Behavioral attacks work against the single weakest element of a computer network, the users.  Successful attacks can give complete control of systems, access to accounts, lock out legitimate users, destroy reputations, and steal intellectual property, and financial assets.

Fraud is a common practice in cyberspace as it provides a quick and direct financial benefit to the attackers.  For Steemit, because it is a full-fledged social platform, I predict an abnormally high level of fraud, scams, phishing, and other manner of social engineering attempts, as compared to other cryptocurrency ventures without deep social interactions.  Right now, attackers can communicate through posting and commenting.  Secondary avenues like chat and a person-to-person messages, which are currently being satisfied with 3rd party tools, will likely be instituted before the official release.  This will grant an aggressor many avenues to attack potential victims.

There will be scams.  Posts which lure people to purchase, donate, or up-click so the attacker benefits.  Ponzi swindles, lottery rip-offs, and get-rich-quick schemes will flourish if attackers aren’t proactively addressed.  I have already seen a few attempts.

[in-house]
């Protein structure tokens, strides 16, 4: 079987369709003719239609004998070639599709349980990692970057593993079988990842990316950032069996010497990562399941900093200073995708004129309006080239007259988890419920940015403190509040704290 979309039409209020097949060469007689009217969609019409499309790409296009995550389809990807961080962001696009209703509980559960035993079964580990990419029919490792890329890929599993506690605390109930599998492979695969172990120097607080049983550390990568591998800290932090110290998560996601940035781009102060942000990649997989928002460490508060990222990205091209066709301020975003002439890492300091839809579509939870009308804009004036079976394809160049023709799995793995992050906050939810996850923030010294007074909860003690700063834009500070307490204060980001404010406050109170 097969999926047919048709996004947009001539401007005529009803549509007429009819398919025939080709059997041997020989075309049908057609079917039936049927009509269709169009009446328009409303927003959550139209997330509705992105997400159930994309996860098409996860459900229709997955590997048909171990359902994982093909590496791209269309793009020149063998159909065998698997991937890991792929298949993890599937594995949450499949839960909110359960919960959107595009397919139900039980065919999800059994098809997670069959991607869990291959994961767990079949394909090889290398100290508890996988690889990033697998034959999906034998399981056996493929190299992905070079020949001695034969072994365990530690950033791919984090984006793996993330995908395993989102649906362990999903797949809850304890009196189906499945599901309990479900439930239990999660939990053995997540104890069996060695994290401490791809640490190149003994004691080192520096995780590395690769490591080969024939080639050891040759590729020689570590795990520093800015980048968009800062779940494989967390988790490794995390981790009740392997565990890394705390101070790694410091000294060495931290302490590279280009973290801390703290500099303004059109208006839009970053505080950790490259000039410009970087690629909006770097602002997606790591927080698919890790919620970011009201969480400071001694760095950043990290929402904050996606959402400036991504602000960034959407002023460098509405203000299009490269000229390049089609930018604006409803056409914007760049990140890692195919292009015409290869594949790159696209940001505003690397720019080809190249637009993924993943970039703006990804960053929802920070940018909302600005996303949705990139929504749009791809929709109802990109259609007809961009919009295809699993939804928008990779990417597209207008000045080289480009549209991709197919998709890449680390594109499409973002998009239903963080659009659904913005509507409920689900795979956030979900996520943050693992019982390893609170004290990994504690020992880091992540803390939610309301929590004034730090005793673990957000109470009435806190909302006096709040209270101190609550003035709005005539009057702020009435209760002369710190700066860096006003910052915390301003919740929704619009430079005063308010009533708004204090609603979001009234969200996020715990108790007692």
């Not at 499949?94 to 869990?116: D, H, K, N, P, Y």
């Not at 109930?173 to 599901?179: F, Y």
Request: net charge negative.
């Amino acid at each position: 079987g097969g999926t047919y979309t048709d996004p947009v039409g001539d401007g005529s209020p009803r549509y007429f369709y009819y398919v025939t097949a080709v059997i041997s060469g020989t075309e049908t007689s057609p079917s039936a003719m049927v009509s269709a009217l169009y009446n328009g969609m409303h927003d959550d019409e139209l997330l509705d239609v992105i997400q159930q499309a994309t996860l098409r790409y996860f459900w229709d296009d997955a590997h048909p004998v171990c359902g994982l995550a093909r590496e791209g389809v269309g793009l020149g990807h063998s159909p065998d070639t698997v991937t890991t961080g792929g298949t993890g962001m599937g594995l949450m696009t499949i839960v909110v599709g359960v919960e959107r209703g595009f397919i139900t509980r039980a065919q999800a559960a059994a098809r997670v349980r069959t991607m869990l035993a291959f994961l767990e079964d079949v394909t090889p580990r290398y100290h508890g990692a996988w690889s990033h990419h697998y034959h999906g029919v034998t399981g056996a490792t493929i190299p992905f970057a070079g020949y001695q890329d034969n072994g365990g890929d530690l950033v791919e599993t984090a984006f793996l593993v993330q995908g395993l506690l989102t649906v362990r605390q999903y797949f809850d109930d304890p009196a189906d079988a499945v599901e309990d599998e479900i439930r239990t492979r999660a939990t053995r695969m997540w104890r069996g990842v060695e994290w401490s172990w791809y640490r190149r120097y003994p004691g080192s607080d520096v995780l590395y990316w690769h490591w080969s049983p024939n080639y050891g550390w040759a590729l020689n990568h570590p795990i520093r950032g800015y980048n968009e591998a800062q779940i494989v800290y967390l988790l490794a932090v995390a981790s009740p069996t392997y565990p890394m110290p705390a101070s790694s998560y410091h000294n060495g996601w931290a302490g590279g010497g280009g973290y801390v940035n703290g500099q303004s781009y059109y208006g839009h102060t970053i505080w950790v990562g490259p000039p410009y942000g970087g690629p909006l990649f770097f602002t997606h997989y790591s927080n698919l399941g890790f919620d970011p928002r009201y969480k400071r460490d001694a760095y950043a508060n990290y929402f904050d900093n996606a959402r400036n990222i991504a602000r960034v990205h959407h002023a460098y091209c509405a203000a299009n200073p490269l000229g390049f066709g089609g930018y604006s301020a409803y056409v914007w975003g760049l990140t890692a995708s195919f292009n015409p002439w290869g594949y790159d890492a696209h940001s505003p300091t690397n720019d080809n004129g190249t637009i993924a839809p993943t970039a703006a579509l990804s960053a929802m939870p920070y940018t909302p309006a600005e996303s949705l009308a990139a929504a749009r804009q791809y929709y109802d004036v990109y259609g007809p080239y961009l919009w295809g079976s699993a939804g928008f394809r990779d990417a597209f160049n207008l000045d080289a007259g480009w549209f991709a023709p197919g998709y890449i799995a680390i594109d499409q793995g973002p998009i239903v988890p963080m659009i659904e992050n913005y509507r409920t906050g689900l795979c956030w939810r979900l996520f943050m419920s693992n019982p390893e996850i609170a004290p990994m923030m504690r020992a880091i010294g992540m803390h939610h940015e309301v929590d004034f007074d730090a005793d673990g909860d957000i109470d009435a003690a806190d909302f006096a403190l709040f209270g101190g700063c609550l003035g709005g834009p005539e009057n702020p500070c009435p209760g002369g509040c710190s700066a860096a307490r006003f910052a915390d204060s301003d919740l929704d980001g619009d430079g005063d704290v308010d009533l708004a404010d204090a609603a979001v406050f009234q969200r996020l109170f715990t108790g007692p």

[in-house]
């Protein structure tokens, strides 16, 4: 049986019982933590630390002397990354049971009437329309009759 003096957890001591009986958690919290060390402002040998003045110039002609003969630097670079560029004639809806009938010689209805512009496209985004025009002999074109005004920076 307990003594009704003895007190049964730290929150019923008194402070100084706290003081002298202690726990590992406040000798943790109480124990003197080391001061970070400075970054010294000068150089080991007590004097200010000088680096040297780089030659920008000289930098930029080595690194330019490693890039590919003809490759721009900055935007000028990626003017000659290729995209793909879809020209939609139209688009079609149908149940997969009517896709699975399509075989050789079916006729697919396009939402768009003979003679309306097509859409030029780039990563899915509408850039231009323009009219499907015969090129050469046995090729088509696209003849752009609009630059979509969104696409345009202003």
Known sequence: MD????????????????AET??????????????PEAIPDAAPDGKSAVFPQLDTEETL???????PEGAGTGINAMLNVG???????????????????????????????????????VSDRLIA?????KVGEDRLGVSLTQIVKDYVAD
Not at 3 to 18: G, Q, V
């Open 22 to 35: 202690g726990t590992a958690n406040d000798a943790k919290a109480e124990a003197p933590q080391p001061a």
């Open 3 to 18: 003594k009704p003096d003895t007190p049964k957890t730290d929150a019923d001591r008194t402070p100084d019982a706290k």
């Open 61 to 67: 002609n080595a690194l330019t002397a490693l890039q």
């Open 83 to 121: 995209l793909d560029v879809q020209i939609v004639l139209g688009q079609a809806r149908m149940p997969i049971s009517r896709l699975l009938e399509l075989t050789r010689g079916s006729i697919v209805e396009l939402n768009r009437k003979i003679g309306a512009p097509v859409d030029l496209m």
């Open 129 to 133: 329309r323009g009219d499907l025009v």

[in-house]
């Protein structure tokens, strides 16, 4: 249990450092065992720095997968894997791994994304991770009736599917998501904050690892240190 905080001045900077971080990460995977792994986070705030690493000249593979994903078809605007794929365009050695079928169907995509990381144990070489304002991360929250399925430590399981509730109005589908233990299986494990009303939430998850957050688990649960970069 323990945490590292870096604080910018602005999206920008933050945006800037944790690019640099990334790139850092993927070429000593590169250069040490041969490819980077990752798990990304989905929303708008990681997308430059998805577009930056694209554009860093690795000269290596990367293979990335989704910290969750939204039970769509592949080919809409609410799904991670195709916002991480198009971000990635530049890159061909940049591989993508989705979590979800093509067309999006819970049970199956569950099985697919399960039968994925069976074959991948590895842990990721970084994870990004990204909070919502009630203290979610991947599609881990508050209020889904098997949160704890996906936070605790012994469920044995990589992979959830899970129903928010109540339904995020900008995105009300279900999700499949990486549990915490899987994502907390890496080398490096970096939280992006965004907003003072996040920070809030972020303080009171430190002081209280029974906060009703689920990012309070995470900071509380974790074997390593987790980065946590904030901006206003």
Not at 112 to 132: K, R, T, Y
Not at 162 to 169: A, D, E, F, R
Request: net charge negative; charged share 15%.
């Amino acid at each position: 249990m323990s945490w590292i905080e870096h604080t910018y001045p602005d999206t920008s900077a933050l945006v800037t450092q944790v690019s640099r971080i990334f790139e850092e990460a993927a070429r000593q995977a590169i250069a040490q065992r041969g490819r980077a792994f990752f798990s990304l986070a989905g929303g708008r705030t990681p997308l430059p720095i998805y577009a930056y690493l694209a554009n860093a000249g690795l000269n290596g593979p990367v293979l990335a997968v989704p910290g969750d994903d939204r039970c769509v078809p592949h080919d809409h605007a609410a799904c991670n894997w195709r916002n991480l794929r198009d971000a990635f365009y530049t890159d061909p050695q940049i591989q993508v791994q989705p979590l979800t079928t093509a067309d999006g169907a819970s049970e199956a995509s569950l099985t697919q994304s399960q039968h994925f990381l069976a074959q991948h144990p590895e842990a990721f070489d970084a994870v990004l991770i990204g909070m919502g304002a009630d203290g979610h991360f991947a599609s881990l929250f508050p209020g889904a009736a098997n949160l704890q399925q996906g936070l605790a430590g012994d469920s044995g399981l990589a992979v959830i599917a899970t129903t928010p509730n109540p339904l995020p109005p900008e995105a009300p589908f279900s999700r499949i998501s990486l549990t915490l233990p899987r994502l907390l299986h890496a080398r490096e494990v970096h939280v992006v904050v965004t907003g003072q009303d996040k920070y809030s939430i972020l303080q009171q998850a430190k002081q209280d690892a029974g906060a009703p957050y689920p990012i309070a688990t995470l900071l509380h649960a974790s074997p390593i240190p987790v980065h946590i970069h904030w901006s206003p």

Phishing will occur and is likely to include bad links within posts, directing users to sites with malware or to legitimate sites where the ads have been compromised to push malware to visitors.  Either way, if an attacker is able to successfully install their malicious software, it is game over for the victim.

Common techniques used in the world of phishing include soliciting passwords or Private keys from users.  It could be an email, instant pop-up message, text, or redirection to an authentic looking webpage which is designed to obtain user’s credentials, keys, or passwords.  There are already reports of users receiving emails which look like legitimate requests from administrators.  Others report emails which direct the user to a webpage which is close to the name of the site but just one character off in the web address.